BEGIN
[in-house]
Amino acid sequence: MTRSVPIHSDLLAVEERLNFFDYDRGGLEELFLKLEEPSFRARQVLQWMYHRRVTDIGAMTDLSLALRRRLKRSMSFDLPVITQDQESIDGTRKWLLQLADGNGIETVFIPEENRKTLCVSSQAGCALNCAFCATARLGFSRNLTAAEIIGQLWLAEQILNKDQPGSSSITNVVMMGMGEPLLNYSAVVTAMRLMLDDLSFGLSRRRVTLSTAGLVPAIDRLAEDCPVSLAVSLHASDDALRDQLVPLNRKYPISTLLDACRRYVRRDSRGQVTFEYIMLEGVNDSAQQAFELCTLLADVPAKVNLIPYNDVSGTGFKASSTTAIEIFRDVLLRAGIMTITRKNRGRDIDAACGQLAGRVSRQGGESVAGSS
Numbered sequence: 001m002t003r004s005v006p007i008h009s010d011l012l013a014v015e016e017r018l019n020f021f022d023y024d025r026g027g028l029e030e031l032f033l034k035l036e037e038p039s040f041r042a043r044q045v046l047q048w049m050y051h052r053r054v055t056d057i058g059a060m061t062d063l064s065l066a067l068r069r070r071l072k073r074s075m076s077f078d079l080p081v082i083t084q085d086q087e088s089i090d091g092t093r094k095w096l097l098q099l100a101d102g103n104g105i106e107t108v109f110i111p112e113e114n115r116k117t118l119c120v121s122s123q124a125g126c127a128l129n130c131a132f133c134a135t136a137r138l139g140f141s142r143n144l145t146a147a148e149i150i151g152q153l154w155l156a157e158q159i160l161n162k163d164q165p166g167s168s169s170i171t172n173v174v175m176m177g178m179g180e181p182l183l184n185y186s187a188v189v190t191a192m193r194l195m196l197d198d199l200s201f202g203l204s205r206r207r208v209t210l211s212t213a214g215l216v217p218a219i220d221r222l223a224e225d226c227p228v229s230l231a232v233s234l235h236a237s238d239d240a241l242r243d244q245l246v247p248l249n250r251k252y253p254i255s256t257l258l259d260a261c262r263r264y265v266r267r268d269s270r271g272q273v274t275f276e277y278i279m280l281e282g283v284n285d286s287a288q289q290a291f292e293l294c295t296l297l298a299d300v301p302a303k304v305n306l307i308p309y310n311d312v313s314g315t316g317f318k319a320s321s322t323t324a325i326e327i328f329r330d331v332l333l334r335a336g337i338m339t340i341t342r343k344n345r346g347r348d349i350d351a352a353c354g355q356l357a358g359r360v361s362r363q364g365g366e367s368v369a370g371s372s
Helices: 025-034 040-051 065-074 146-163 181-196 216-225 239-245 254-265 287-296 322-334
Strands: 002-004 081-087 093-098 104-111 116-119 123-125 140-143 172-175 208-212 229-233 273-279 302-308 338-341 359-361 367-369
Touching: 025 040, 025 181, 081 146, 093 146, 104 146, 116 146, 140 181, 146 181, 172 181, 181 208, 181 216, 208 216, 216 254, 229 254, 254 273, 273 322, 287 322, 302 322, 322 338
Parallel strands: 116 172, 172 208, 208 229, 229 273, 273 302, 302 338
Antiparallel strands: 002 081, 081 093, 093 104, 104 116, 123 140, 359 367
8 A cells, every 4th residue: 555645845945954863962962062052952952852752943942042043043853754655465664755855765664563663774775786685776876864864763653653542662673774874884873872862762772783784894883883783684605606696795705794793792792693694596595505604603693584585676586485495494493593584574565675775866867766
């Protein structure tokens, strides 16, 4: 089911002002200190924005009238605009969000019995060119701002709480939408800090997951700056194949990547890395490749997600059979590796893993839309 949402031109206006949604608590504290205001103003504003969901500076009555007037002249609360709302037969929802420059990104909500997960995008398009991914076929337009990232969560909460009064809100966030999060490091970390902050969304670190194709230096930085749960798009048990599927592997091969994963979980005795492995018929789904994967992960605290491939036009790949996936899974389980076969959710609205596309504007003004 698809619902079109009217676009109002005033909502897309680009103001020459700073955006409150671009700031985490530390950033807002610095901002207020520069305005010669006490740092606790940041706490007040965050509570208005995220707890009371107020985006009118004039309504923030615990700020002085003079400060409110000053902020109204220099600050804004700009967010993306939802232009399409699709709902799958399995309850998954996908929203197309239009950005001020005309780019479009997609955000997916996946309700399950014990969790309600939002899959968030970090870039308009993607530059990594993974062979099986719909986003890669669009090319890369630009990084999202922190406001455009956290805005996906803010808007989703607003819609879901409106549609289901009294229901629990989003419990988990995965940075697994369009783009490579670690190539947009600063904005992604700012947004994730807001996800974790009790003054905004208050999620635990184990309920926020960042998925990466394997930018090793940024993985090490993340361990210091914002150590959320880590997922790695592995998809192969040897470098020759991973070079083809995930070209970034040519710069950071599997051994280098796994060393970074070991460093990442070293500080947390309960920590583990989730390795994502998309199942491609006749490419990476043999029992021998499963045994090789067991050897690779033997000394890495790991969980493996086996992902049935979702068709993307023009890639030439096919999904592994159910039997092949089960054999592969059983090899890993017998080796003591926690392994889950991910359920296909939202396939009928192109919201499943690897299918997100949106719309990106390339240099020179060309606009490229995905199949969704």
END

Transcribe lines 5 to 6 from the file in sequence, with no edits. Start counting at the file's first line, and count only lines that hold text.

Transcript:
Strands: 002-004 081-087 093-098 104-111 116-119 123-125 140-143 172-175 208-212 229-233 273-279 302-308 338-341 359-361 367-369
Touching: 025 040, 025 181, 081 146, 093 146, 104 146, 116 146, 140 181, 146 181, 172 181, 181 208, 181 216, 208 216, 216 254, 229 254, 254 273, 273 322, 287 322, 302 322, 322 338